Broken bodies Broken glass Broken hearts So many pieces to pick up Although they may not be my own They clearly lay in front of me Scattered across the landscape Of my city Of my state Of my country Yet, love has not disappeared It continues to weave In and out of even the darkest days Mingling with the broken pieces Mending hearts Mending lives Mending souls Offering flickers of hope Amid feelings of despair Showing us how to begin Picking up the pieces
Sometimes Silence Is not an Option Yet, this day Words Fall Flat And though Emotions Run High Attempts at Expression Feel Numb On this day Notes Speak Loudly Only as Music Plays Softly In this moment It is my Obligation To hear The cries Of tired Hearts Breaking
I left home at the mature age of seventeen and, except for one summer, never came back. My mom often reminds me. 😉
Before college, I had lived in the same house my entire life. I attended the same school, first grade through senior year, and was surrounded by extended family.
And even though I needed to find my own path, the place where I grew up would always be home.
A recent visit with my parents caused me to think about the word home. Especially the idea that home has little to do with the actual place.
As I pulled up in the driveway, my dad was waiting under the carport. Mom came right out as if she’d been listening inside for my car. Soon, we were talking about everything from the kids to work, politics, church. And, of course, the pandemic and quarantine.
As an adult, I enjoy this time alone with my parents. Being there by myself means my only role at that moment is a daughter. Even if this visit brought some adult daughter anxiety.
Due to the current pandemic, I had to be very careful about where I stopped on the four-and-a-half-hour drive from our house to theirs. My parents are over seventy, Mom a breast cancer survivor and Dad with diabetes and kidney disease. Their health is currently good, and I couldn’t bear the thought of exposing them to this virus.
My anxiety quickly faded as Dad asked, “How’s my little girl?” Mom said more than once, “I’m so glad you came.” At face value, simple phrases. Yet, they wrapped me in the love and security I experienced growing up.
When going to visit my parents, I say I am going home. And when it’s time to leave, I use the same phrase. I guess both are true. Home is about the people not the places.
I may have to leave tiny pieces of my heart behind when leaving one, but I know they will be refilled upon arrival at the other. Not the same, but new, and whole.
A sweet paradox, traveling from one home to another. ❤
Green Green Grass of Home by Claude “Curly” Putman, Jr.
Peace and love Words that fit Together seamlessly But sorrow and happiness Don’t belong in The same line Each word needs Its own place Fills its own space Well, that’s how It would be In a perfect world But the truth is This world Is not perfect Honest reflection asks If perfection should Be my goal, anyway? Without deep sorrow Can there be True happiness? No simple answer Only a mystery One I must accept Allowing its truth to Sink way down deep Into my soul Where sorrow And happiness Are woven together An unbreakable seam Holding the fabric of My heart in place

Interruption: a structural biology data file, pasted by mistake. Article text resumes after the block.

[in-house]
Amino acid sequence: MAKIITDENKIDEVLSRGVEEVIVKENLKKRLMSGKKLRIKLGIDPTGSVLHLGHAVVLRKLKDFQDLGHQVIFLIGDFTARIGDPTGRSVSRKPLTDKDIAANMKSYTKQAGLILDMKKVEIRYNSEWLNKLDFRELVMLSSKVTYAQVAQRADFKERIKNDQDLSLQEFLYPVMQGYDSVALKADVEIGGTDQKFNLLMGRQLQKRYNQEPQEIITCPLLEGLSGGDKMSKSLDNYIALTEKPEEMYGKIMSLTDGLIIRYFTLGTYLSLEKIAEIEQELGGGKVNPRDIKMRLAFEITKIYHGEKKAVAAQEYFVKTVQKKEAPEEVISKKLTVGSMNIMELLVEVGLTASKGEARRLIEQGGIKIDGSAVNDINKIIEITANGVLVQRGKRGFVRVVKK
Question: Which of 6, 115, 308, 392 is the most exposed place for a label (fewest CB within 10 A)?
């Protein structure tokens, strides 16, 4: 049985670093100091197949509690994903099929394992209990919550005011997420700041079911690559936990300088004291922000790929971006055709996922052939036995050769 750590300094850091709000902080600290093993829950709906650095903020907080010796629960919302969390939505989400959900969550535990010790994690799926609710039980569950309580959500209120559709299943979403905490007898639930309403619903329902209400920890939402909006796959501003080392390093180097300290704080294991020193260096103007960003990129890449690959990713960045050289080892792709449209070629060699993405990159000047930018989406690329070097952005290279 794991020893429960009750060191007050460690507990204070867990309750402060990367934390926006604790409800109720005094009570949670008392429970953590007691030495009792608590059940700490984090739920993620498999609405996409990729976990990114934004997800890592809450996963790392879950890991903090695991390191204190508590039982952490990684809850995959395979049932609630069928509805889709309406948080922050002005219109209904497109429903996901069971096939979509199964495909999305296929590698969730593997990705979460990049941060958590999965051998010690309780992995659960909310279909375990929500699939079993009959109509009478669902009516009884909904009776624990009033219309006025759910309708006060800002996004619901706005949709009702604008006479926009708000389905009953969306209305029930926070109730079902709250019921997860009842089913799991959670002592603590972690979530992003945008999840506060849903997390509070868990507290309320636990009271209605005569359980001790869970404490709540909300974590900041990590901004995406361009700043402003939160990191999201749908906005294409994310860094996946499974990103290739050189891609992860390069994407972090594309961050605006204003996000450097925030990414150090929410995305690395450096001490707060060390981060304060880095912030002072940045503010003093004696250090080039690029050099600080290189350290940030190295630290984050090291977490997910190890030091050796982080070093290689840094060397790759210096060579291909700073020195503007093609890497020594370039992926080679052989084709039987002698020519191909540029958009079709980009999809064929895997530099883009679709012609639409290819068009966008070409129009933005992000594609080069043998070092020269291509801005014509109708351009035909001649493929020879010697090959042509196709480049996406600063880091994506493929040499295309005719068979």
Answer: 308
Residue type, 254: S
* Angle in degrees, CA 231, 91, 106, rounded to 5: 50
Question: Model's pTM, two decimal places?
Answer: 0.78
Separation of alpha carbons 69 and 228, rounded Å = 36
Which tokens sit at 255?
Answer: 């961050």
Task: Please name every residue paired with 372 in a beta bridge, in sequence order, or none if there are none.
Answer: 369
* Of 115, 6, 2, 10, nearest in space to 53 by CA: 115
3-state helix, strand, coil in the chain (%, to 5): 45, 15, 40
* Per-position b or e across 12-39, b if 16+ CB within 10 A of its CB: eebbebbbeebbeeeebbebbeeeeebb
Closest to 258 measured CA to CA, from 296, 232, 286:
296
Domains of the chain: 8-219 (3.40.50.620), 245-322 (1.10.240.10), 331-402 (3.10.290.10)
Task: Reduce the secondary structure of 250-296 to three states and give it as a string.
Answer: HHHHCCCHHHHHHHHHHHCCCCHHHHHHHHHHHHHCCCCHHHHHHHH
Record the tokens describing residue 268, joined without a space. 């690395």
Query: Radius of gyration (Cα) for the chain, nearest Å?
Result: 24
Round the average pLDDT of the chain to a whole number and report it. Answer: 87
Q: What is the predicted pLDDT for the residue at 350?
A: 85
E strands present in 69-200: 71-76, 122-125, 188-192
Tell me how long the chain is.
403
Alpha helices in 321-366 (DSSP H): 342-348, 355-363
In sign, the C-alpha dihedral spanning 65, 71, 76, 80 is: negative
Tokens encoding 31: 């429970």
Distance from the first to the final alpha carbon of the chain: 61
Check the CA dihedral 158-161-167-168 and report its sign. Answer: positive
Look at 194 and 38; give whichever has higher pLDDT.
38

I have so enjoyed participating in Ali Grimshaw’s writing circles. They are a positive time of listening, writing, and responding. I’m excited to have one of my poems shared today on her blog. Check it out along with Ali’s work at flashlightbatteries.blog
As I continue to lead writing circles, I am inspired by the hearts and generous listening of others. Every time I write with others I am changed and lifted by the experience. Here in this space I am calling, Poems from the Circle, I will be sharing poems written by participants of my writing circles. […]
Today is our twenty-seventh wedding anniversary. That sounds like a long time. Over half of my life.
When I started thinking about our anniversary, my mind first went back to the day before our wedding.
Family and friends together, lots of laughter. A simple rehearsal at Rolling Hills Church, dinner at AQ Chicken House, and the final episode of the T.V. series, “Cheers.”
My thoughts quickly moved forward through the wedding, honeymoon, raising three kids, all the places we have lived. It’s amazing how many memories can fill my mind in such a short few minutes. There are so many stories I could share.
But then, my train of thought changed. I didn’t need to write about the past. Nor did I need to think about the future. I only needed to focus on the day at hand. And what it signifies for us both.
This anniversary reminds me that forever is really about commitment. And that commitment has little to do with feelings. It is a promise that runs much deeper.
There is a phrase we often say to each other-You’re stuck with me! Yes, it is spoken in humor, but also carries truth. A truth understood from the day he proposed-this is forever. We are in it for the long haul.
Marriage has shown us our strengths and weaknesses. There is a balance created when we accept those strengths and weaknesses in each other. One would not be the same without the other.
I can’t imagine my life without Gart. Our journey has been quite an adventure. Filled with ups and downs, tears, and lots of laughter.
Here’s to twenty-seven years of marriage. I approach the day with a grateful heart. No worries about yesterday or tomorrow. Only resting in the promise that brought us to today.